Pilots will have comfortable facilities, room for conferences
Pilots who have avoided the Madras airport -- even when conducting business locally -- will no longer have a reason to skirt the city by this time next year.
A concept drawing for a new general aviation building for the Madras Airport got thumbs up from the Madras Airport-Industrial Site Commission Feb. 10.
"What we have in existence has no facilities for a pilot to do anything if he's going to wait three or four hours," said Gary Dinkel, a pilot and member of the commission. "With the new lounge, he's going to have a bit of a rec room, a place to clean up, and a place to take a nap."
In addition to a pilot's lounge, snooze room, and shower/restroom area, the aviation building will feature a lobby, conference room, manager's room, men's and women's restrooms, kitchen/vending area, other offices, a mechanical room, and a janitor's room.
"Pilots control where airplanes land," said Mayor Rick Allen, noting that one of the city's goals is to "make the pilots happy."
By providing a comfortable place for pilots, where they can hook up to the Internet, watch television, play pool, or take a nap, "We can grow some business out of it," Allen said.
Plans for the 3,580-square-foot new building were presented by Scott Steele, president of Steele Associates Architects of Bend. Steele estimated that it would cost about $115 per square foot to build, plus fees, for a total of about $452,870, including full architectural, civil, landscape, structural, mechanical, and electrical design services.
The exterior will feature a stone wainscot around the perimeter, and a sloped, stone chimney with a custom metal flue cap "that is reminiscent of an airplane tail fin," said Steele.
The flight services building will replace the 600-square-foot pumice block building -- consisting of one large room plus a restroom -- that has served the airport since the early 1950s.
"Our current terminal doesn't even meet the basic needs of aviation today," said Allen. Meeting those needs is "pretty key to our success," he added.
A former World War II pilot training facility, the Madras airport property includes about 2,100 acres. The runways, taxiways, hangars and other facilities take up only about 10 acres of the total acreage.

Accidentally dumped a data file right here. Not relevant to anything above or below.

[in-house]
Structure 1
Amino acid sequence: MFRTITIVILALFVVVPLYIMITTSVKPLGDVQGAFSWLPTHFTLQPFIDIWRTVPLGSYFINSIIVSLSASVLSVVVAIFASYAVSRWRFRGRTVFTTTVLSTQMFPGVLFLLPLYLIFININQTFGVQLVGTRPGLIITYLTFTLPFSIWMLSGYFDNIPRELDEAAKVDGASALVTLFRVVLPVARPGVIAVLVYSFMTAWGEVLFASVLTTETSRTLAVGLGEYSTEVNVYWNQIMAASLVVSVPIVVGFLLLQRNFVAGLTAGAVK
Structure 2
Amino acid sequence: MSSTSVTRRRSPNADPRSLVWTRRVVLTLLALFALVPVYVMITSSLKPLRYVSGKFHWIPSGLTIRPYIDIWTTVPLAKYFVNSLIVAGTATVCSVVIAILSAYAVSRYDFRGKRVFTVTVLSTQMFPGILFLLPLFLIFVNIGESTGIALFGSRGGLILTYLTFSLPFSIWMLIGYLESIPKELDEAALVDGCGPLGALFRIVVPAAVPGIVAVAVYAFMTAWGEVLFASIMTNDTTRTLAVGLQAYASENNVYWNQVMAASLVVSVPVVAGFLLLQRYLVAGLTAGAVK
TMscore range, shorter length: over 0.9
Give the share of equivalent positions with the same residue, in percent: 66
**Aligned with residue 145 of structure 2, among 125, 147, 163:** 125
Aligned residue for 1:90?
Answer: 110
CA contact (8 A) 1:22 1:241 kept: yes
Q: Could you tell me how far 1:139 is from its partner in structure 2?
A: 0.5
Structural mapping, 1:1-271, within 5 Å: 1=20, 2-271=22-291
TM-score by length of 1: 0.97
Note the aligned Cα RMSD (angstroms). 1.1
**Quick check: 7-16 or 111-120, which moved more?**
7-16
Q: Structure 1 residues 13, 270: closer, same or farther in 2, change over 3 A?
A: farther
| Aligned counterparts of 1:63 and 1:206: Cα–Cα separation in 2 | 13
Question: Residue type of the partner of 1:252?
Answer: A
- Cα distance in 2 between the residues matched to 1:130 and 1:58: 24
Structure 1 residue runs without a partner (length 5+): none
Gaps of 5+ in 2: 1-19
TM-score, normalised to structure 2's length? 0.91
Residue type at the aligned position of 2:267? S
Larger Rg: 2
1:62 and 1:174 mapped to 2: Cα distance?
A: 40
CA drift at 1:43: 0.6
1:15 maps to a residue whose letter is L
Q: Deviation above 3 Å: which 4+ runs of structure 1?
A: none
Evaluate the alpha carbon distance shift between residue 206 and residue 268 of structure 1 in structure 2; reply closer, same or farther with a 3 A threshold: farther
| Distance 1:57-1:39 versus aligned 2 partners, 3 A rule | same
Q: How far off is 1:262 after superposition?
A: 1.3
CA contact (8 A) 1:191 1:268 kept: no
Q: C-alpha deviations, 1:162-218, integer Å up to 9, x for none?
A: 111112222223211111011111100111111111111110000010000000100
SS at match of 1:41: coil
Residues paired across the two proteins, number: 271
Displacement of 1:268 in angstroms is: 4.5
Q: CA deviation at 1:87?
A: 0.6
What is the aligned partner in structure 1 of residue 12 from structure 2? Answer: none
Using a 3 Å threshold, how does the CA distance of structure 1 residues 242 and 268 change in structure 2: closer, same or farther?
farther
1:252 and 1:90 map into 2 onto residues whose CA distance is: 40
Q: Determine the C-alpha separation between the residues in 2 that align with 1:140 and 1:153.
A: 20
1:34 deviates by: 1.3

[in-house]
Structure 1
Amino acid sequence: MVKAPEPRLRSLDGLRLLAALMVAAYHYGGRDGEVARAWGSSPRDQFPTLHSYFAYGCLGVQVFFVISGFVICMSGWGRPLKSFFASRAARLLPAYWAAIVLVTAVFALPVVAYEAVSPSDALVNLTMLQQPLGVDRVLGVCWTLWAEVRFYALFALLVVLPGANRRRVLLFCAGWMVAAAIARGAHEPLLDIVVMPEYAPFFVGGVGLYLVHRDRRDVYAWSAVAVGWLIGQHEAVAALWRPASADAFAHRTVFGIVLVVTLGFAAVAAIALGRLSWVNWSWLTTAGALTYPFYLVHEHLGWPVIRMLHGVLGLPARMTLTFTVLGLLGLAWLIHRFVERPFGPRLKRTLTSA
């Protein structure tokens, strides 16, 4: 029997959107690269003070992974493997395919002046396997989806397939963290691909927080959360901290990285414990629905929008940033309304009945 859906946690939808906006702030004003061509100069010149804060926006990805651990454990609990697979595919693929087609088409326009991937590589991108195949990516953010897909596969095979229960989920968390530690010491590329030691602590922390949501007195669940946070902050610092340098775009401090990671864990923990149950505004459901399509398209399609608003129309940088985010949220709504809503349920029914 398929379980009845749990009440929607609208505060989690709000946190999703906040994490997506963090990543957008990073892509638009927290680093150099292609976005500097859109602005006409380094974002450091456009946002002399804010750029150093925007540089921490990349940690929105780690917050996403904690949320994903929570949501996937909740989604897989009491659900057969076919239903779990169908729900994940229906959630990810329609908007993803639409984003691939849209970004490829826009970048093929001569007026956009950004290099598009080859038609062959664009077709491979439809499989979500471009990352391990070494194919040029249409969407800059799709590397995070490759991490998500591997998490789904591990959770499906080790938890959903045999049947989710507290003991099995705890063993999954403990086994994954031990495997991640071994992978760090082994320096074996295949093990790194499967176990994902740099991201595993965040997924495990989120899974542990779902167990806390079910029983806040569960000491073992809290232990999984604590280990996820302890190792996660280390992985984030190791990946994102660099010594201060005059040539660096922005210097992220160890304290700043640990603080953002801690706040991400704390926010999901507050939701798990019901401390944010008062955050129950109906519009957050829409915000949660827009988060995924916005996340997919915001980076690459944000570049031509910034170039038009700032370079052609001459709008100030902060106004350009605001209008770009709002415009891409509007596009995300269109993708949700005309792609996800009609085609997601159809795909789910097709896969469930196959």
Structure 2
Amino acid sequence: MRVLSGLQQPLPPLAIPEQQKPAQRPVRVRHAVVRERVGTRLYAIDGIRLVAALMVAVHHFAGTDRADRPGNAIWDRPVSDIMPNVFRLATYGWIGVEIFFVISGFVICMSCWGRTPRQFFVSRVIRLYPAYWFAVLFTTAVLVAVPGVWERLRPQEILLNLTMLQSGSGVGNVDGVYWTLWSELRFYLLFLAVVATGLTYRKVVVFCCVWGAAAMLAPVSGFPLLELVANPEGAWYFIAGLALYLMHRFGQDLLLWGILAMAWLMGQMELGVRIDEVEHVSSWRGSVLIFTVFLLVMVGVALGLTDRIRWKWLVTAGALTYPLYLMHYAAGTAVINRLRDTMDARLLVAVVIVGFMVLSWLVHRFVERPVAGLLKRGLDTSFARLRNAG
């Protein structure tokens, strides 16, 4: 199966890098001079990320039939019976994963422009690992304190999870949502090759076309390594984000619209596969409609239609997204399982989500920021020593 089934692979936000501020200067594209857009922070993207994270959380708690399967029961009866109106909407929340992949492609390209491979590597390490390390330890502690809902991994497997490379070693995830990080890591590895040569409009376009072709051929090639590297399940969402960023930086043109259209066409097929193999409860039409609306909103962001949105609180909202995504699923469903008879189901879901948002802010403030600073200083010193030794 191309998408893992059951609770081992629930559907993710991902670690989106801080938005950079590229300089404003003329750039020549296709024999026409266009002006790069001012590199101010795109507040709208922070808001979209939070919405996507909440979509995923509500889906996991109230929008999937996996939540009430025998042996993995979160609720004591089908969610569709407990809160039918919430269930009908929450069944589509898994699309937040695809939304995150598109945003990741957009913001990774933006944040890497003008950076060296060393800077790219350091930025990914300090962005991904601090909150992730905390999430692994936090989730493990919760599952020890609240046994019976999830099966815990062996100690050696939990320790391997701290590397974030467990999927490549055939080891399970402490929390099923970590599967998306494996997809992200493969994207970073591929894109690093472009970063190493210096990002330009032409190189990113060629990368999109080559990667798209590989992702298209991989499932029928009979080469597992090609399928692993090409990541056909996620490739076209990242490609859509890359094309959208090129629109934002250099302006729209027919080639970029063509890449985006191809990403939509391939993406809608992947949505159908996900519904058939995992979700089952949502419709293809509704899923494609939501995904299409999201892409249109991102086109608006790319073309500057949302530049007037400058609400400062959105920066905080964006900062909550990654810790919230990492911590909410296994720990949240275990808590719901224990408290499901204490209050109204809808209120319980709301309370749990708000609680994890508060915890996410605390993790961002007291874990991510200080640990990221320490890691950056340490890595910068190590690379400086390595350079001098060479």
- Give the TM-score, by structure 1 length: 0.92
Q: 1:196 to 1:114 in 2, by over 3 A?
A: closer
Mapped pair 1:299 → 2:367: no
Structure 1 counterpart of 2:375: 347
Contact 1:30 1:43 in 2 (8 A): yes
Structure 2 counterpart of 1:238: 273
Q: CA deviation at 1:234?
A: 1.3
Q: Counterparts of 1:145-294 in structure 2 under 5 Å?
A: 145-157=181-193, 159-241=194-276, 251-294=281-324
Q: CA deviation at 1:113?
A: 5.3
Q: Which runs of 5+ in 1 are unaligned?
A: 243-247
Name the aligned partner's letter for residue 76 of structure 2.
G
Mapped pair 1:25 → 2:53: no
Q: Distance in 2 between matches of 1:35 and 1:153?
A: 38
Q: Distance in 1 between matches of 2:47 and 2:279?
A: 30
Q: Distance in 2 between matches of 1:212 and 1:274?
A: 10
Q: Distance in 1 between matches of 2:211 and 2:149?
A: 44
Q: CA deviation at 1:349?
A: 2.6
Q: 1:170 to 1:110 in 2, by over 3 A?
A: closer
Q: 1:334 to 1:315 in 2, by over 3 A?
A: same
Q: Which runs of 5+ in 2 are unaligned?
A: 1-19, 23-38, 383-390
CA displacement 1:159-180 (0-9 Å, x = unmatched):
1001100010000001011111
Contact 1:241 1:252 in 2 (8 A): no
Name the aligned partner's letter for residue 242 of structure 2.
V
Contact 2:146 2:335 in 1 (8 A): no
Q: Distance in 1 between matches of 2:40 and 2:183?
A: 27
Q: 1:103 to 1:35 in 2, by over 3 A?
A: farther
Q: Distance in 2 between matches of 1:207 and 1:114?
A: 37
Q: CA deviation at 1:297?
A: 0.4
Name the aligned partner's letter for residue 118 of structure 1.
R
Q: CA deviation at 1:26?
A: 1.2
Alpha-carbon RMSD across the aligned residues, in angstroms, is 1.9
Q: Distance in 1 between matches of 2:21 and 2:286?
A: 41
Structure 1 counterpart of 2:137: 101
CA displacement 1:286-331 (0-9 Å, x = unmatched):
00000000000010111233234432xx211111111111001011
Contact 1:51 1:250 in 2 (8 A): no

Although the property was turned over to the city and county after the war, the Federal Aviation Administration still retains final jurisdiction on the use of that property. Proceeds from the sale or lease of the property must go into the dedicated airport fund to be used for improvements.
The city will have about $250,000 in the airport capital investment fund before the facility is built, Morgan pointed out. Most of that money will come from the sale of property at the new Jefferson Park Business Center, northwest of Cherry Lane and U.S. Highway 26.
In addition to the airport fund, Sens. Ron Wyden and Gordon Smith announced in November that the city would receive $300,000 from the 2005 federal omnibus spending bill for a flight services building.
"We're not going out to the voters," said Lou Dobbins, pilot and longtime commission member, noting that there should be sufficient funds available to construct the building.
"As Madras grows, the airport precedes and goes along with the vision and growth," said Dobbins.
The new facility will make it easier for local companies to conduct business. "We have three or four businesses that need to get in and out of here on a constant basis," he said, adding that a new facility will "start getting people's attention."
Because the city needs to have actual construction costs ready by June 30 in order to receive the $300,000 from the federal government, the Airport-Industrial Site Commission recommended that Steele Associates proceed with construction drawings, which are expected to take about two months.
With a few modifications, the plan will be referred to the Madras City Council for approval at its next meeting, Feb. 22.
"The design challenge to us is to set the tone for the new airport industrial park, and do it on a tight budget, and create a design that bridges the gap between the agrarian roots and character of Madras and a modern aviation building," said Scott Steele. "I think we pulled it off."
If the City Council approves the plan, construction could begin during the summer and be completed by the end of the year, Morgan said.